Bootcamps at the Ted Rogers School have helped more than 40,000 undergraduate students receive training and credentials on technology platforms coveted by the industry. This partnership provides participants with fast access to industry-relevant training,” says Graham Sogawa, executive director, BCH.

The main goal of the partnership was to be able to provide career starters and upskillers from underrepresented groups with more opportunities for exposure to programming that would set them up for success in their careers,” says Kevin Barton, senior vice president at Elevate Talent.

The Digital Foundations Program teaches learners best practices in the Microsoft Office Suite, Google Suite and video-conferencing and is delivered by Ted Rogers Co-op students. The Business Process Automation Program (renamed to Lean Process Improvement) teaches learners how to combine lean six sigma concepts with process automation. The Ted Rogers School built out the process automation component of the course with Elevate Talent. The program is taught by Bootcamp facilitators.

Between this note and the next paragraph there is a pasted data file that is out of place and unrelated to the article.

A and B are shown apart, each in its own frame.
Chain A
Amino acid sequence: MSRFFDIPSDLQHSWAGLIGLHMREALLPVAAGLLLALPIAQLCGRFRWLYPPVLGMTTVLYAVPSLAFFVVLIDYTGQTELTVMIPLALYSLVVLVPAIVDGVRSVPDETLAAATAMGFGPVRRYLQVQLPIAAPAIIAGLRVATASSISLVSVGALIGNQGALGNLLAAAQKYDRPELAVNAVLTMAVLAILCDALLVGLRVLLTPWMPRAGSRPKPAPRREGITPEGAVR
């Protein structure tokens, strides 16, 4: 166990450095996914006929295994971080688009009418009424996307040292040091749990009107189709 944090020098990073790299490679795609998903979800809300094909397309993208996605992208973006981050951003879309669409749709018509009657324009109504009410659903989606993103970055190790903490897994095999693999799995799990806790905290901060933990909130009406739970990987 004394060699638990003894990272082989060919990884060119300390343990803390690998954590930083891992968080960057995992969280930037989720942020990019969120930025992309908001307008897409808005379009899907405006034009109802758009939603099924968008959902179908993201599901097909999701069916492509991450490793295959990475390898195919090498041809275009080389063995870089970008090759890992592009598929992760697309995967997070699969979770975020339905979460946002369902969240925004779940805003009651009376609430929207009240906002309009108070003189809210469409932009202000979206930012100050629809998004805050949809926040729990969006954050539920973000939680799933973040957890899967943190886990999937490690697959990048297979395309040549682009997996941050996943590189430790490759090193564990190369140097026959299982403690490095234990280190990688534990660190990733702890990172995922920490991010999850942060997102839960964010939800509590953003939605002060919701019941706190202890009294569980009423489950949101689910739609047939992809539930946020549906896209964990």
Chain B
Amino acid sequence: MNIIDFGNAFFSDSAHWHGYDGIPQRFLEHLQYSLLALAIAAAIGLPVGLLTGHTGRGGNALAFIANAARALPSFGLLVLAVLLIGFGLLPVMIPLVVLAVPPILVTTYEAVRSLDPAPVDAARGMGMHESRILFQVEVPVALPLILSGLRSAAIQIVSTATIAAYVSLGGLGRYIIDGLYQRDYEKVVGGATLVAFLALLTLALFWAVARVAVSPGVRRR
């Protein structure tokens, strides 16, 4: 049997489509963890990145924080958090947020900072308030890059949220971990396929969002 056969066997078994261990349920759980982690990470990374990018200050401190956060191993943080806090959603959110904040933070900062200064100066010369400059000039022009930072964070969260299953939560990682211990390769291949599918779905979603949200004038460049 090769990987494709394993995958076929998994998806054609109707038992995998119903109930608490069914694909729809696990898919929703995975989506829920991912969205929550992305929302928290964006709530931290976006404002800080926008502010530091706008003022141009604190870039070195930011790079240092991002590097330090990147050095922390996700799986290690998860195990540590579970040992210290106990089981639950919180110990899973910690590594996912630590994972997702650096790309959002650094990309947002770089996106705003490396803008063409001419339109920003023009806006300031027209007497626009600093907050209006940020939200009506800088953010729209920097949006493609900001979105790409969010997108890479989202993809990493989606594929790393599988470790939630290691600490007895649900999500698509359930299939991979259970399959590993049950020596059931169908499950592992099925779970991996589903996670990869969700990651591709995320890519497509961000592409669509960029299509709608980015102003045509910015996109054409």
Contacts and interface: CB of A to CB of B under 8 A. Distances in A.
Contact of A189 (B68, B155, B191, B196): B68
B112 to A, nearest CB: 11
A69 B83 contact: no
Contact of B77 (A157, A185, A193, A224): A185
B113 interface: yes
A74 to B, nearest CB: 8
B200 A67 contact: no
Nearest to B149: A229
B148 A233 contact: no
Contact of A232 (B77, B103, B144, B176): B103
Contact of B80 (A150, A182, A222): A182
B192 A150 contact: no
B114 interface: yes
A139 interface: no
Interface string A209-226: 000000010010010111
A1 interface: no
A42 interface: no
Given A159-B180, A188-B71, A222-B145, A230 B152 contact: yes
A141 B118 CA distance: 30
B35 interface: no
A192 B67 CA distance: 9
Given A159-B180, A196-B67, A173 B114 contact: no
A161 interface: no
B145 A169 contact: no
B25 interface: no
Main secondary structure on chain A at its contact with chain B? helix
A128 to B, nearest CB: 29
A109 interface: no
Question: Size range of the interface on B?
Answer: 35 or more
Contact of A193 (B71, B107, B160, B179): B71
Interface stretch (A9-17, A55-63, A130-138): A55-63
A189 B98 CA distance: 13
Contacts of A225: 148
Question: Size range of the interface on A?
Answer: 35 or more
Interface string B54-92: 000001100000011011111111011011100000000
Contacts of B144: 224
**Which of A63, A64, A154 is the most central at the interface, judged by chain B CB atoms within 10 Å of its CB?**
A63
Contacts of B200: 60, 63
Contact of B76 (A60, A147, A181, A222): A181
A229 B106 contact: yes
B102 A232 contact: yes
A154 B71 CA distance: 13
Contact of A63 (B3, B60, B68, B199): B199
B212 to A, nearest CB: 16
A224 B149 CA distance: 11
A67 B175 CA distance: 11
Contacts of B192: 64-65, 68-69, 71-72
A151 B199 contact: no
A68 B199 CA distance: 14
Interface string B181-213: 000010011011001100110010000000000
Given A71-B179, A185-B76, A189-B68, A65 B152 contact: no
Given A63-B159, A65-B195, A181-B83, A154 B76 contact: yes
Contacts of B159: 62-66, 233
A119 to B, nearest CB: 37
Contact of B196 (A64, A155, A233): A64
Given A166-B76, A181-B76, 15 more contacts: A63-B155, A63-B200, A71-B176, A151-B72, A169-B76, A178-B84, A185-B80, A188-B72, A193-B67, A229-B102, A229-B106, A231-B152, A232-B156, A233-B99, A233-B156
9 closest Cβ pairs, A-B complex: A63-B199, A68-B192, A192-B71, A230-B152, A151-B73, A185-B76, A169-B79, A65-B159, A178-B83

Business Career Hub logo
Elevate Talent logo

Paying it forward: Enactus collaborates on international entrepreneurship workshop

Enactus TMU – a non-profit student organization dedicated to sustainable entrepreneurship – has partnered with ShePreneur to equip female participants in developing countries with tools they need to start their own businesses.

The ShePreneur project, founded by Tanya Dodaro, aims to equip girls who face life challenges with the knowledge, self-assurance and mentorship they need to find something that inspires them and to think about creating a business of their own. The 10-week program includes guided workshops that give participants the skills, support and coaching required to start a business.

Read more about the ShePreneur project

The project kicked off in January 2022 when the partnership with Enactus TMU began. Dodaro had approached Ted Rogers School professors Dr. Philip Walsh and Dr. Steven Gedeon, both faculty advisors for Enactus TMU who provide strategic advice on various projects.

“When I joined Enactus, I was really interested in the projects that were serving developing communities around the world,” explains Global Management Studies student Alia Khan. “I also have a passion for helping women achieve their entrepreneurial goals, so this project was aligned with my values.”